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Friday, March 31, 2017

The Internet of (billions of smart, connected) things

You have probably heard the phrase "Internet of Things" and, wondered, what exactly is that?  Will it change my life?  Will it make it better?

This article starts to answer those compelling questions.  We like how it places an emphasis on changing the customer experience.  If technology can do that, is it important and historic.

Building a smarter world, though, is not all about better IT.  We live in the real world, not a virtual world.   We need to equally shape better human behavior as well.



Andrew Penn
Andrew Penn

A key to understanding IoT is that it is not a technology revolution, but a customer experience revolution.
It was not so very long ago that Mobile World Congress – the world’s largest gathering for the mobile industry in Barcelona – was fairly focused on mobile phones. Not anymore. This year’s MWC was all about the Internet of Things (IoT) and content delivery, and the underpinning 5G network and software that will help make it possible.
The thing about IoT and 5G is that until very recently the hype tended to trump the reality. Again, not any more. Every major network operator at MWC had 4G enabled IoT technology, or technology planned for 5G powering real-world, real-time IoT applications (including our own trial demonstration where IoT data gathered via our new 4G Category M capability was transmitted from Pooley Winery’s in Tasmania and displayed data in Barcelona on things like soil moisture, temperature, rainfall, solar radiation, and wind speed and direction).
Every IoT use case I saw at MWC this year – including the smart, connected cars and trucks; the planes and trains; the houses and businesses, the domestic appliances and even the manhole covers – were an unambiguous reminder that IoT and 5G networks are not so far off in the future anymore. In fact, they are just around the corner. They were also a reminder that the key to understanding IoT is that this is not just a technology revolution, it is a customer experience revolution.
Reality trumps hype
IoT is fundamentally about using information from smart, connected devices running on smart 4G enabled networks today and, in the future, networks with ultra-low latency 5G technology, to enable smart decisions and incredible customer experiences.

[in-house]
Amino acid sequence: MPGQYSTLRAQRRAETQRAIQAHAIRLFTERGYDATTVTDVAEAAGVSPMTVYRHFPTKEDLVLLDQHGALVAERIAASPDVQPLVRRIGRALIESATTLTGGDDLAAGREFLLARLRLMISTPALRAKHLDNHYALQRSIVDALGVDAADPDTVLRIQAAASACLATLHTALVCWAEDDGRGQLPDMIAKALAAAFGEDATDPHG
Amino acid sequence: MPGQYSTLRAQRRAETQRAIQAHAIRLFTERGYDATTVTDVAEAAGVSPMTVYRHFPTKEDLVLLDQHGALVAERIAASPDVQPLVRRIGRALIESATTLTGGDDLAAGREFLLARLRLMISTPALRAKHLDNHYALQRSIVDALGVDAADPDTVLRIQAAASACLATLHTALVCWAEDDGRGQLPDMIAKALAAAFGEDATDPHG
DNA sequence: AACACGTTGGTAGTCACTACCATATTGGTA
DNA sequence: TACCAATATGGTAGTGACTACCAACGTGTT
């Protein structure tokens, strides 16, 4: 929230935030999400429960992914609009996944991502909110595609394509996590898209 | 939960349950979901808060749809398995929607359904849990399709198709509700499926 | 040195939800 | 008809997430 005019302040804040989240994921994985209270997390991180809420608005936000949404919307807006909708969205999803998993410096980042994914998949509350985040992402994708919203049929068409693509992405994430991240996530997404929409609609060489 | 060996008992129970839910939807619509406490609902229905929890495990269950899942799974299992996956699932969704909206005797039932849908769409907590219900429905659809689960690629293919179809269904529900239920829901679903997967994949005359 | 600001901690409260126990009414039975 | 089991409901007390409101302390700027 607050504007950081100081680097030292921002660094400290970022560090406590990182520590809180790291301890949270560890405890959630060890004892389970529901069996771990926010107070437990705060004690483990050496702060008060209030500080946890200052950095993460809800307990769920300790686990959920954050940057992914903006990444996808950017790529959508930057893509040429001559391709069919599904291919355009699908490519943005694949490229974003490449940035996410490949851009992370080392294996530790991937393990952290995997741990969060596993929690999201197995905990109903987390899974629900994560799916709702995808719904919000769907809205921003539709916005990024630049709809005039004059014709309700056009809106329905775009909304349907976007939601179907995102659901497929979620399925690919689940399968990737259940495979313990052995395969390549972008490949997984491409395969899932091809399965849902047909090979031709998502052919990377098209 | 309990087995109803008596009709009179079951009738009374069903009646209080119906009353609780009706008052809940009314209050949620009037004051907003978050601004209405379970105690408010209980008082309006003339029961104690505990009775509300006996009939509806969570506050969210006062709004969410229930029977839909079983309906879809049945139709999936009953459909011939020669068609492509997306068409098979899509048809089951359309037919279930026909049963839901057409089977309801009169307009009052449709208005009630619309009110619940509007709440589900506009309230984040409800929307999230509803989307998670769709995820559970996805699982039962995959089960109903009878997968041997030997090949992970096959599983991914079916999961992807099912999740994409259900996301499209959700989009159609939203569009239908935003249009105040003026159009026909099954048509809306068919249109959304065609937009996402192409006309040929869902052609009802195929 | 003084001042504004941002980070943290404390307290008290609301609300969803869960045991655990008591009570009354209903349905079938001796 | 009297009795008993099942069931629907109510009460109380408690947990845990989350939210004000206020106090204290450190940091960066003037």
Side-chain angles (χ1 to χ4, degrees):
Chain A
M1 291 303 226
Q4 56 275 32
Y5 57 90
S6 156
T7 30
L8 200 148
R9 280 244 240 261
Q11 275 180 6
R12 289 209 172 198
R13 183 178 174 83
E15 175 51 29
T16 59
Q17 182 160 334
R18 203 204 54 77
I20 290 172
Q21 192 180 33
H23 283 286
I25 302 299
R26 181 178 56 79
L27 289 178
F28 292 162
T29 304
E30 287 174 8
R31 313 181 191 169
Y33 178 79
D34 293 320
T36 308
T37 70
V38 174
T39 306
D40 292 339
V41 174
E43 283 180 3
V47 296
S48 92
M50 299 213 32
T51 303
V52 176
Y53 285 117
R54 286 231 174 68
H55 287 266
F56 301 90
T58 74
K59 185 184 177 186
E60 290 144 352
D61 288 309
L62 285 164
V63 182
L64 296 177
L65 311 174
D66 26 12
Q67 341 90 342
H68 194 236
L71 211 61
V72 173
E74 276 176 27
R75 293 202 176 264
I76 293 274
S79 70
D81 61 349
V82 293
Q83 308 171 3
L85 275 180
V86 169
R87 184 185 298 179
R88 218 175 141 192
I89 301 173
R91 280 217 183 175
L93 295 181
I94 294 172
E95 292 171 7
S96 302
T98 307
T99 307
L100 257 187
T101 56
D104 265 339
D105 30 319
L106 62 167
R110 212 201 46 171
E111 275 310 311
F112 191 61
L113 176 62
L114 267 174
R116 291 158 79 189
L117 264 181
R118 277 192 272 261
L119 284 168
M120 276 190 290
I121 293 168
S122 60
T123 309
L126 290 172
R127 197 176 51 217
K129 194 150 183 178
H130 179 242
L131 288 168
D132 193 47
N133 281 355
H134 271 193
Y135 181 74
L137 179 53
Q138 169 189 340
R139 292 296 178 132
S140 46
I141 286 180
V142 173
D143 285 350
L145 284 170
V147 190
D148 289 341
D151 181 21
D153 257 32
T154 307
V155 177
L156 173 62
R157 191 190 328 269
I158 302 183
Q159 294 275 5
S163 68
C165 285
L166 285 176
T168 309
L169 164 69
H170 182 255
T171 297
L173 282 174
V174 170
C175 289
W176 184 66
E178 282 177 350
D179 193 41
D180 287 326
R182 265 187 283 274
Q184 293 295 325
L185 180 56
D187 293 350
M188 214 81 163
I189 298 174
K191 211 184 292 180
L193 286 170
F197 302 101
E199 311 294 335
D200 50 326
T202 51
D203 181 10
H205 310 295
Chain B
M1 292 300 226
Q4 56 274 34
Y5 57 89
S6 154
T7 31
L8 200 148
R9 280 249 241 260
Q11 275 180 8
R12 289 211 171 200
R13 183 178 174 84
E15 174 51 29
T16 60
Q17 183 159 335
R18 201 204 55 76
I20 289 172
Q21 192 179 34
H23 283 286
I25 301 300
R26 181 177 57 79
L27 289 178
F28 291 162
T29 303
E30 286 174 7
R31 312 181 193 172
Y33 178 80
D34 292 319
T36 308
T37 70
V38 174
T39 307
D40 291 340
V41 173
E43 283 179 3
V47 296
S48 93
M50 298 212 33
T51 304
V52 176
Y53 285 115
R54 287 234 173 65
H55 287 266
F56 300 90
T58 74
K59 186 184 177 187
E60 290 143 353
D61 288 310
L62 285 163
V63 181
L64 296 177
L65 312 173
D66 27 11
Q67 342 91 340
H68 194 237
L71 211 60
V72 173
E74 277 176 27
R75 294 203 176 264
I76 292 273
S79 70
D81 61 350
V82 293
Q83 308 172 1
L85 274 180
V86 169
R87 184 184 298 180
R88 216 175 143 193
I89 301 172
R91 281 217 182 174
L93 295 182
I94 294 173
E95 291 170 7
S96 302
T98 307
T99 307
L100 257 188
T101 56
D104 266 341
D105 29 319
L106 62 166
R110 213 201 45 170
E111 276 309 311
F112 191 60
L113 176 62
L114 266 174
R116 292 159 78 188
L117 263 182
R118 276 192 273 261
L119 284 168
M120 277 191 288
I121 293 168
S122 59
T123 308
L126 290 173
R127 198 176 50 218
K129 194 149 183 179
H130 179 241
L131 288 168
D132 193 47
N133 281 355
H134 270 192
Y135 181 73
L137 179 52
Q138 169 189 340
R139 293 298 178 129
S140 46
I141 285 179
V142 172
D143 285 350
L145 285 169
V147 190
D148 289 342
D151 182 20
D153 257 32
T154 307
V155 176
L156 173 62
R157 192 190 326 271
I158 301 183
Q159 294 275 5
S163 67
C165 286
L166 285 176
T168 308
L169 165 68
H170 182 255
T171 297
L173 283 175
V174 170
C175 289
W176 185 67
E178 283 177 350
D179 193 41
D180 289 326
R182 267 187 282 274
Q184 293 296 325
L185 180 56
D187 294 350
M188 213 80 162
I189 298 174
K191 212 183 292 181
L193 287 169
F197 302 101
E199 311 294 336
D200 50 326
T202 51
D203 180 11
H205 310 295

Think about all of the electronic devices you use in your life every day—not just the computers and smartphones you use for work and play, but things like the infrastructure around you, the weather and transport systems, appliances, and even your car.
These devices all have the potential to collect information about the patterns and processes in the way you move through and interact with the world. If all these devices are connected and communicating with one another (which they will in an IoT world), imagine the kind of possibilities you could create from the information they collect.
The oft-used domestic appliance example of IoT-enabled fridges or washing machines mean sensors will detect a potential problem before it becomes an issue and relay that information both to you and directly back the manufacturer and the service team.
The service department immediately knows how serious the problem is, what needs to be fixed or replaced, and how that effects your warranty. Further upstream the manufacturer also learns in real-time what parts might not be durable or operating as designed and that helps them create better products as well as keeping their warranty and service costs down. IoT saves time and money but fundamentally it is about creating a better customer experience.
Everything connected